An expat friend once told me, if you want to explore a place deeply, go to its markets, or souq in Arabic. In markets, you will find the heartbeat of the community that lives there.
And I was reminded of that when I went to Oman last November. On the landing page of my search for the list of top things to do in Muscat is a visit to Muttrah Souq suggestions.
As one of the Arab nations' oldest souqs, Muttrah Souq plays an important role in the preservation and presentation of time-treasured customs and history. You will see khanjars (daggers), vases and jars, kumas (Omani headgears), sandals, and even frankincense, myrrh and gold. If you check out my instagram posts, you will read bits of my experiences there. The time I was mistaken as a Japanese tourist. Or the time I haggled for pashminas. Or the time a vendor asked why I was taking pictures of his items.
Before the launch of Mina Al Sultan Qaboos Waterfont, the Omran Group brought us to Muttrah Souq. I admit I didn't enjoy the brief stroll that much because I didn't want to tire myself for a big event ahead. I immediately took pictures of the items and went back to a waiting service driver.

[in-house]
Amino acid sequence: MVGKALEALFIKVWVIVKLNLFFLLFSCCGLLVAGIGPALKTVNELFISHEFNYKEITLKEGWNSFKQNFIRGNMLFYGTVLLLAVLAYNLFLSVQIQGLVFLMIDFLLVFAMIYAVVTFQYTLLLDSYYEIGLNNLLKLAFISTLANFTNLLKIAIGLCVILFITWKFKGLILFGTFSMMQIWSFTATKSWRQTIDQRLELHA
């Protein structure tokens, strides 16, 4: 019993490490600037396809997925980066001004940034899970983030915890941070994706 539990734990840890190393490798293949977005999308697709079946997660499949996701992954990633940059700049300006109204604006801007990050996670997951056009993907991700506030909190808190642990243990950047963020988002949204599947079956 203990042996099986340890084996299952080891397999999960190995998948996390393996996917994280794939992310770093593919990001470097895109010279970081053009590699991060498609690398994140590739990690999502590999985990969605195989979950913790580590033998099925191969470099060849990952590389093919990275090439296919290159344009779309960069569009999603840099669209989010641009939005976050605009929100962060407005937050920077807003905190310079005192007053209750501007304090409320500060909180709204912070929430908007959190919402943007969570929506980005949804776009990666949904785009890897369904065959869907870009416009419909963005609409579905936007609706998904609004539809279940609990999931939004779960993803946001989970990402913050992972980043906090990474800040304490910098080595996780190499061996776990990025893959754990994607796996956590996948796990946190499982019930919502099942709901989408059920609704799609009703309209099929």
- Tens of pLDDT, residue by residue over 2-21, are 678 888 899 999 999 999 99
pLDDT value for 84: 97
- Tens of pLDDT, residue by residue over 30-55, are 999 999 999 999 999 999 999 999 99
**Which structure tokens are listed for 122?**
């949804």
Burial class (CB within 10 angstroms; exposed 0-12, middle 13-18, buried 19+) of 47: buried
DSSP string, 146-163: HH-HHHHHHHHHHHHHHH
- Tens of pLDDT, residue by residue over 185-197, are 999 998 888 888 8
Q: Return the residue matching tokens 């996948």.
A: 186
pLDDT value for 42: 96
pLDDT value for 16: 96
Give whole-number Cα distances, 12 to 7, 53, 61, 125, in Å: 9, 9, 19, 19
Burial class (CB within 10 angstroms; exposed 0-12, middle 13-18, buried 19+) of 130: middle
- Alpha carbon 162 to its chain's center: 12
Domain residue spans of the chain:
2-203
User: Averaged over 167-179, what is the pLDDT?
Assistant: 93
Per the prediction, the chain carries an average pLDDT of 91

Alone and excited the following day, I commissioned a taxi driver to bring me to Muttrah Souq. Reading online that Muscat is one safe place, I went there without informing anyone. And that's one thing I will never do again. Because that's the time I got a bit lost. After a lot of picture-taking on stalls and items, I got so curious why it was called Darkness Souq. I decided to wander a bit from the wave of tourists, and headed on to a narrow alley which led to narrower ones. Imagine you're in a maze!
So, are souqs or markets a heartbeat of a place? Yes, definitely — Muttrah Souq made my heart skip a beat, but in an unforgettable way!